I’m looking for a new camera system, something for family vacations or road trips. I want something smaller and lighter than my Nikon D5100, but also interchangeable lenses. To me, that means one of the compact system interchangeable lens (ILC aka mirror-less) cameras such as the Sony NEX system, the Fujifilm X system, or the micro-four-thirds system. I tend to hang on to my tech longer than most of my friends. I bought a Nikon D40 in 2006 and didn’t upgrade until 2013 when I purchased a used D5100 on eBay. I want a compact system that will suffice for just as long. I could buy a point-n-shoot, but I would miss being able to choose lenses, control aperture and shutter speed, etc. I think in the back of my mind I’m not committed to the DSLR format. In five years, I’ve bought only three lenses, and none are so expensive that I couldn’t dump the system and start over.
I like both cameras, but each had faults. The Fujifilm X-E1 had a slow (electronic viewfinder) and auto-focus (AF), and the Olympus PEN EP-3 had no EVF. The Fujifilm X-E1, however, convinced me that the CSC format could produce excellent results. I also loved the retro film camera look and feel of some of the cameras.
Before my friend offered to loan me his EP-3 I had ordered a rental, the Olympus OM-D EM-5, from Lensrentals along with the Olympus M.Zuiko 12-50mm F3.5-6.3 lens. I had the weekend to try what is considered the high-end Olympus line. Of course, Olympus announced an update to the EM-5, the Olympus OM-D EM-1, so I was testing out the deprecated technology.
This article isn’t a review1. It’s more my thought and impressions on the Olympus OM-D EM-5. The camera is about the same size as the EP-3. The EVF worked better than I expected. The EVF in the Fujifilm X-E1 felt quite slow and couldn’t keep up with the fast movement of the camera for tracking running kids, flying birds etc. The Olympus OM-D EM-5 tracked well. I didn’t notice any lag. Setting the camera up was quite easy. It’s quite light. Battery life isn’t quite up to the level I expected. It’s a lot worse than the Nikon. After just one day of shooting, about 100 images, the battery was exhausted. I can easily get three to four full days of shooting out of my Nikon D5100’s battery. Perhaps the EM-1 is better.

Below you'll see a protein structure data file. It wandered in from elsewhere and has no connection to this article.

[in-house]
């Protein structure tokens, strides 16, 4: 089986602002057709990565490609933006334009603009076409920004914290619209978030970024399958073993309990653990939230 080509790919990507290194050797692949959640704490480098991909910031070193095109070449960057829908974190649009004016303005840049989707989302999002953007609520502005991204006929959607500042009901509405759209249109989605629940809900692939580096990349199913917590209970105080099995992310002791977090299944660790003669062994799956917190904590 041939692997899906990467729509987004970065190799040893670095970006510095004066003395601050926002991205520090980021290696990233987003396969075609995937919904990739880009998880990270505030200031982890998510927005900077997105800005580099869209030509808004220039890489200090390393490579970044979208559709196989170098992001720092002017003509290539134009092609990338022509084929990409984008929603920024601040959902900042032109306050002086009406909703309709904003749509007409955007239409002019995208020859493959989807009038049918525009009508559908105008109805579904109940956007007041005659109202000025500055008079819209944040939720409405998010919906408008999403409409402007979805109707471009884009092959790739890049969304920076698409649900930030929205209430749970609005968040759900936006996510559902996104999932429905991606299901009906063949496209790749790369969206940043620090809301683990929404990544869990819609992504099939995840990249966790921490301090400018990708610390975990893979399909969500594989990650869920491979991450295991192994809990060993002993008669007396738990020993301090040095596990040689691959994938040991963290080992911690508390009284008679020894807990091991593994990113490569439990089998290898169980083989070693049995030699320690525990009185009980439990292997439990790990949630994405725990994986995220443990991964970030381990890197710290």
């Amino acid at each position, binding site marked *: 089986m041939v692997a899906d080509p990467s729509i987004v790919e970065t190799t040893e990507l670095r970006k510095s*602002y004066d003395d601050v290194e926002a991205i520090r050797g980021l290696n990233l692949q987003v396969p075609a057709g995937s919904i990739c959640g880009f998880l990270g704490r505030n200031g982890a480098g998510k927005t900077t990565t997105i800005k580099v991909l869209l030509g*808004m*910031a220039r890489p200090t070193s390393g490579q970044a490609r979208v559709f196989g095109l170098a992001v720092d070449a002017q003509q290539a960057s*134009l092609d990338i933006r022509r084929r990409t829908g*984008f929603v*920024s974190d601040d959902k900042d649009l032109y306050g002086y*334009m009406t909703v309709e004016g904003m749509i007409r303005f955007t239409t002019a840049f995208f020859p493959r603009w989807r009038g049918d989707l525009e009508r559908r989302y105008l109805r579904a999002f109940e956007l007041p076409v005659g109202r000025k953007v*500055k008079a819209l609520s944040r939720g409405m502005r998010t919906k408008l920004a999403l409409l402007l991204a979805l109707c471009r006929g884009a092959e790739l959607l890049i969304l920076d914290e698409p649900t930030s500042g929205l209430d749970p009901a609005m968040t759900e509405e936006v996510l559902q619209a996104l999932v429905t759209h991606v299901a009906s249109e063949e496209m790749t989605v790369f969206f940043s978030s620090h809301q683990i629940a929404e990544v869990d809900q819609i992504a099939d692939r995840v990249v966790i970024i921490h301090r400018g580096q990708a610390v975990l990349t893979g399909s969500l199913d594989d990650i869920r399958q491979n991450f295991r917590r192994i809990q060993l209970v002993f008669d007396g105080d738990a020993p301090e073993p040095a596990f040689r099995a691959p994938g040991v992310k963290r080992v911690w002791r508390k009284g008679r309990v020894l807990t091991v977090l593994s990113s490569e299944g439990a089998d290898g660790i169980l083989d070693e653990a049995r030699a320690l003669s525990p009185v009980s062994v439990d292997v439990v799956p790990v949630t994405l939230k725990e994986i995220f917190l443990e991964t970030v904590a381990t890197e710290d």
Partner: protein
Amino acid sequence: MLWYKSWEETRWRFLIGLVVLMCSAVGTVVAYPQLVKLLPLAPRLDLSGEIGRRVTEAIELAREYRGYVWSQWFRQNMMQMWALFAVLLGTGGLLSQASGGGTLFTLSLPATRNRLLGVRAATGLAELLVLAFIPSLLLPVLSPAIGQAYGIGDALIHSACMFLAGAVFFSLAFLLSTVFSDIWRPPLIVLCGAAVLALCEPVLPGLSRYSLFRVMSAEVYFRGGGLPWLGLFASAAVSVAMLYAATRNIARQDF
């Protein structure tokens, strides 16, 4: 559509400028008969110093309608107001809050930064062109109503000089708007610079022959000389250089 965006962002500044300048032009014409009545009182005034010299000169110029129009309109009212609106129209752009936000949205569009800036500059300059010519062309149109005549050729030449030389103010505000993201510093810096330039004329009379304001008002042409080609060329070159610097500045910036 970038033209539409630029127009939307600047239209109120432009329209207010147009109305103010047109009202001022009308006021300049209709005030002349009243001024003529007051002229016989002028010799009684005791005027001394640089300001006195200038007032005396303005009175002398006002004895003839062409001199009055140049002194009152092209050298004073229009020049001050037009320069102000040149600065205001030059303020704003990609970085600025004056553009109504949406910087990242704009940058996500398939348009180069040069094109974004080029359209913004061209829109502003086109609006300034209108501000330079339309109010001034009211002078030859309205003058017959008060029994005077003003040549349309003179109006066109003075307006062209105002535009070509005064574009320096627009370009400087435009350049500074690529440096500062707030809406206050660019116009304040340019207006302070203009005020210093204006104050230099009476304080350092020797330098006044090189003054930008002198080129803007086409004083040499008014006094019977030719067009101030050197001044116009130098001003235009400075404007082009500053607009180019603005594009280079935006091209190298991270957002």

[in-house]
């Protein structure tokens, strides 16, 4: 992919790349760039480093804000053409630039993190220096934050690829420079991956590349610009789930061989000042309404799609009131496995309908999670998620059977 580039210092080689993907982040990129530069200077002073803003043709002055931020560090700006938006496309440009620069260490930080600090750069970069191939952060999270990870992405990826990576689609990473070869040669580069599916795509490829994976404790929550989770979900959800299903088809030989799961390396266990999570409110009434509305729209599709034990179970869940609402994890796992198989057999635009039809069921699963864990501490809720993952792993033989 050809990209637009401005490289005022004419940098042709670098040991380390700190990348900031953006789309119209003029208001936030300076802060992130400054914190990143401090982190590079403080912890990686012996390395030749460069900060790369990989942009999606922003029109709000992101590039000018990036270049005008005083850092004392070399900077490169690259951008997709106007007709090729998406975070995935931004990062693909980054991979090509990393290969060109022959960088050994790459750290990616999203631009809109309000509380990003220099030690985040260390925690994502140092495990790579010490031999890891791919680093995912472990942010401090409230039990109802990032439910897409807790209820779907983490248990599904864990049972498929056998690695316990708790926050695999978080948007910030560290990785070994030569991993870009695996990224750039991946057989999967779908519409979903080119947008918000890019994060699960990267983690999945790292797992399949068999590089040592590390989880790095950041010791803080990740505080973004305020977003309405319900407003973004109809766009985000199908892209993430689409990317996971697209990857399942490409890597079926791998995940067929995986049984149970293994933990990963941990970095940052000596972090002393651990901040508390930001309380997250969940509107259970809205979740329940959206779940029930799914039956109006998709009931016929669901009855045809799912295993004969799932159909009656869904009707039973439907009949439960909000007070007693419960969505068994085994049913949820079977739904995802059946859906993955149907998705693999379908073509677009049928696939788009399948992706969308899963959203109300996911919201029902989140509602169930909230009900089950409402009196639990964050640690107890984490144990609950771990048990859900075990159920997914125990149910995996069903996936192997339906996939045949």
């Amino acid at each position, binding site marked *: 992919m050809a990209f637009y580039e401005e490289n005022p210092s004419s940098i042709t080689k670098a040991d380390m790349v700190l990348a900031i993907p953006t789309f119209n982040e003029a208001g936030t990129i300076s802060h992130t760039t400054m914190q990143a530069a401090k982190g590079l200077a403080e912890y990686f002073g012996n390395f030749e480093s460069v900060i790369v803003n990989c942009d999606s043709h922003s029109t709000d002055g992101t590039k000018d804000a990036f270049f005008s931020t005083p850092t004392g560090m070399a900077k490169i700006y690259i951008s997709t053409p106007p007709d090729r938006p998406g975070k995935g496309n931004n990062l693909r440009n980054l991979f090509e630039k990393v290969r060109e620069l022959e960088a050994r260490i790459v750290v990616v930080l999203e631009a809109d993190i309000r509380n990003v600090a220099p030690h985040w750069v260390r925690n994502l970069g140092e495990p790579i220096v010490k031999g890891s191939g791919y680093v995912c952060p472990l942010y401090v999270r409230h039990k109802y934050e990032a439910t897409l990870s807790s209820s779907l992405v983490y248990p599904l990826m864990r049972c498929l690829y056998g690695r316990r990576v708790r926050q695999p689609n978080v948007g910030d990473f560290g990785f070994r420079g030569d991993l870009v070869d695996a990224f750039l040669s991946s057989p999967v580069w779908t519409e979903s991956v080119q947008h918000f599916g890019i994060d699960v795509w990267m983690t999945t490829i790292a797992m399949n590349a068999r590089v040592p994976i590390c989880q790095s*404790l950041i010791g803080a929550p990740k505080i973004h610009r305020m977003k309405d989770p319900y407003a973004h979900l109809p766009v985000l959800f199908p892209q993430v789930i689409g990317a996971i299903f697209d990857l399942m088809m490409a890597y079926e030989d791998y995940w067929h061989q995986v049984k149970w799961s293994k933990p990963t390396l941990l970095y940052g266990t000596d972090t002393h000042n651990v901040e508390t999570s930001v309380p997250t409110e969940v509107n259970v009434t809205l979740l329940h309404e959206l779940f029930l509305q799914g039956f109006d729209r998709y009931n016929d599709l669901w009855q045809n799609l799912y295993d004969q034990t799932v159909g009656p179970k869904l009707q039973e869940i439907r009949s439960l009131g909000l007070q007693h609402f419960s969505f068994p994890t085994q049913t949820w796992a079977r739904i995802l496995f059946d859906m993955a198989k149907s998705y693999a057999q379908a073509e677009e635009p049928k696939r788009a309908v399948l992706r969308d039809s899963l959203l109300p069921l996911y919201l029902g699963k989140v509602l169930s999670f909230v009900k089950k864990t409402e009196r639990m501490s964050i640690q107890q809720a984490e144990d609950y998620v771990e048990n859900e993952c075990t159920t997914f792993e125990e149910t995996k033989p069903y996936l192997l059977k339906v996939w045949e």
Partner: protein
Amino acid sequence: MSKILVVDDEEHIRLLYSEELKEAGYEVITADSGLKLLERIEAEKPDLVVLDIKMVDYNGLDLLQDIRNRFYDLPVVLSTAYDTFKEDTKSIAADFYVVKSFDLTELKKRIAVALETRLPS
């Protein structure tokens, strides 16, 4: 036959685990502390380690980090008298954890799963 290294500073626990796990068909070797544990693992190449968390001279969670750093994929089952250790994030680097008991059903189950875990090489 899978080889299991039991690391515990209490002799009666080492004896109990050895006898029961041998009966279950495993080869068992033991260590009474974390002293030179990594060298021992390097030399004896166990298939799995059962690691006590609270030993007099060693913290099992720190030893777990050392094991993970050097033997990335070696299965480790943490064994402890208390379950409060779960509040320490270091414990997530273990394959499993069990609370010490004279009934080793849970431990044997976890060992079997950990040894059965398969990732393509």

The images below give you a decent idea of what to expect from the EM-5. Since the D5100 has an APS-C sensor with a 1.5 crop factor and the EM-5 has a micro four-thirds sensor with a crop factor of 2.0, I used my AF-S Nikkor 35mm f/1.8 G lens. To create a near similar comparison, I set the 12-50 mm lens to 26mm. This means that both cameras were shooting at the 35mm equivalent of 52mm. Both cameras were set to ISO 200 and f/8 in aperture priority mode. I couldn’t see much of a difference between these two images (other than the slightly different crop). The Olympus OM-D EM-5 pictures seem to have more contrast, and the colours are more vivid, but this may be some setting that I overlooked or the slightly different aperture. The EM-5 felt tiny in my hand. I missed having a grip to hold the camera one-handed.
The Nikon with the AF-S Nikkor 35mm f/1.8G at f/6.3.
The Olympus M.Zuiko 12-50mm F3.5-6.3 is a macro lens. I shot the spider at f/10 to provide enough DOF to capture the spider in focus. Once turned on, the lens locks in at 43mm. It’s straightforward to use, and I love the results.
Given that Sony, Fuji and Olympus announced new cameras and lenses this month, I have many choices. PhotoPlus Expo is coming up, and I may have an opportunity to try out the new Sony A7, the Olympus OM-D EM-1 and the Fuji X-E2. I am very excited about the X-E2. Early reports are that Fuji has fixed the problems exhibited by the X-E1. If so, then my decision will be even harder. The results from these CSC cameras makes me wonder if I can replace my DSLR altogether.